As we previously found out, almost every story in the Bible was pilfered from other, older religions that were knocking around at the time when the Early Christians cobbled together their new Christian religion.
So where did the Ned Flanders of the time steal the Easter story from?
They obviously heard the story of the Ancient Babylonian God 'Ishtar', the offspring of the moon-goddess and the sun-god who came into the world floating down the Euphrates river in a giant egg that fell from the Moon.
Ishtar had a child called Tammuz, immaculately conceived by the rays of the sun-god Baal, but Tammuz was killed by a wild boar while out hunting one day. Ishtar worshippers proclaimed a forty day period of time of sorrow each year prior to the anniversary of the death of Tammuz.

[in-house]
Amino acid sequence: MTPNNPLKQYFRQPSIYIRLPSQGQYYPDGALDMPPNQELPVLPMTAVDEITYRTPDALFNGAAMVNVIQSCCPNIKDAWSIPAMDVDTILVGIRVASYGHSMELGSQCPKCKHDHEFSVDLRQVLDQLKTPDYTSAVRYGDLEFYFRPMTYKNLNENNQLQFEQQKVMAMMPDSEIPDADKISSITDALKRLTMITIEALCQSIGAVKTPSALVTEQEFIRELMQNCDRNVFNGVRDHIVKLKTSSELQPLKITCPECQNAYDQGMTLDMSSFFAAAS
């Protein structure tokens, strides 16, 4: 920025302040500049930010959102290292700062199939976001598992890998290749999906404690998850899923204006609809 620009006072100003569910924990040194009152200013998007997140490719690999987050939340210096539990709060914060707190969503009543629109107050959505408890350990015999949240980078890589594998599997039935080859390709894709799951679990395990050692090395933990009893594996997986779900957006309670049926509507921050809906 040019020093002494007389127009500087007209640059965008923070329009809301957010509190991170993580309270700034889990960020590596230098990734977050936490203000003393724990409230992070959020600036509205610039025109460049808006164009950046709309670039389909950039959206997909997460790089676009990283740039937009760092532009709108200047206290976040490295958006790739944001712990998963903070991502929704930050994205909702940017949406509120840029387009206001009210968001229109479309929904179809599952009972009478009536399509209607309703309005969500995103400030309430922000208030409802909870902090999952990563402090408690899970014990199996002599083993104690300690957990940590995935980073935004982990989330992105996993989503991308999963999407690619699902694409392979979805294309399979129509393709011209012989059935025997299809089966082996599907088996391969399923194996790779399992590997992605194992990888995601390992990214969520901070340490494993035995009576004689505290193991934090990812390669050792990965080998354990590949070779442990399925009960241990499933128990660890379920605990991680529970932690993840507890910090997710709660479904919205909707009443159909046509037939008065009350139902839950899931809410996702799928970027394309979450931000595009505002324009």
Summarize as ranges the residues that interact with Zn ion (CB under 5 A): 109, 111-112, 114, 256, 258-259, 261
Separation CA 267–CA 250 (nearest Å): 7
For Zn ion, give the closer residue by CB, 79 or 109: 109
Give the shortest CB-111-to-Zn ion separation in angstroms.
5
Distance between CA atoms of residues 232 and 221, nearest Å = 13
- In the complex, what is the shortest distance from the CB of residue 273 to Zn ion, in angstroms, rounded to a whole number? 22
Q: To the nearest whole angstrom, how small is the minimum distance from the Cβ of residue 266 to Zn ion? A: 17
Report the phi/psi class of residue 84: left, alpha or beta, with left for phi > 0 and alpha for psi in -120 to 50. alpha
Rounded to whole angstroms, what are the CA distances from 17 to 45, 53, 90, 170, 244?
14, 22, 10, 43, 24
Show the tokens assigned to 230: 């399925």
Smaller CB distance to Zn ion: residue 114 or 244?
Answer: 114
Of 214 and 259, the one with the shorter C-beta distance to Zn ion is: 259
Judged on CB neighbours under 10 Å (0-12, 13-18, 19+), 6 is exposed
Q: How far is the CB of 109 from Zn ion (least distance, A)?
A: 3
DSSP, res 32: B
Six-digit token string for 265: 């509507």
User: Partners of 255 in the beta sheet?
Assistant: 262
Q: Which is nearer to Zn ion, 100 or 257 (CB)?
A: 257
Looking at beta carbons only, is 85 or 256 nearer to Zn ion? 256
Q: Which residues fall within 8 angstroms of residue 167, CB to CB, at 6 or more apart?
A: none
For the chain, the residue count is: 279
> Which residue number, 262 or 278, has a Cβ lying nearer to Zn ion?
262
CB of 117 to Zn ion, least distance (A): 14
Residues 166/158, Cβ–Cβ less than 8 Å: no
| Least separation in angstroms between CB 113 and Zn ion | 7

Every year, on the first Sunday after the first full moon after the spring equinox, a celebration was made with rabbits (Tammuz had a particular fondness of rabbits for some reason) and eggs.
The truth is that the forty days of Lent, eggs and rabbits have everything to do with the ancient pagan religion of Ancient Babylon which the Christians pinched, replaced Ishtar with their own guy and hoped nobody would notice.
As for the actual crucifixtion and resurrection, choose from the Greek stories of Dionysus, Adonis or Persephone, Egyptian Osiris, Norse Odin or Lemminkainen who were all earlier religious figures who died and were resurrected long before the Christians decided they needed a similar story, threw in a wooden cross and a thorny crown and put in their newly written book.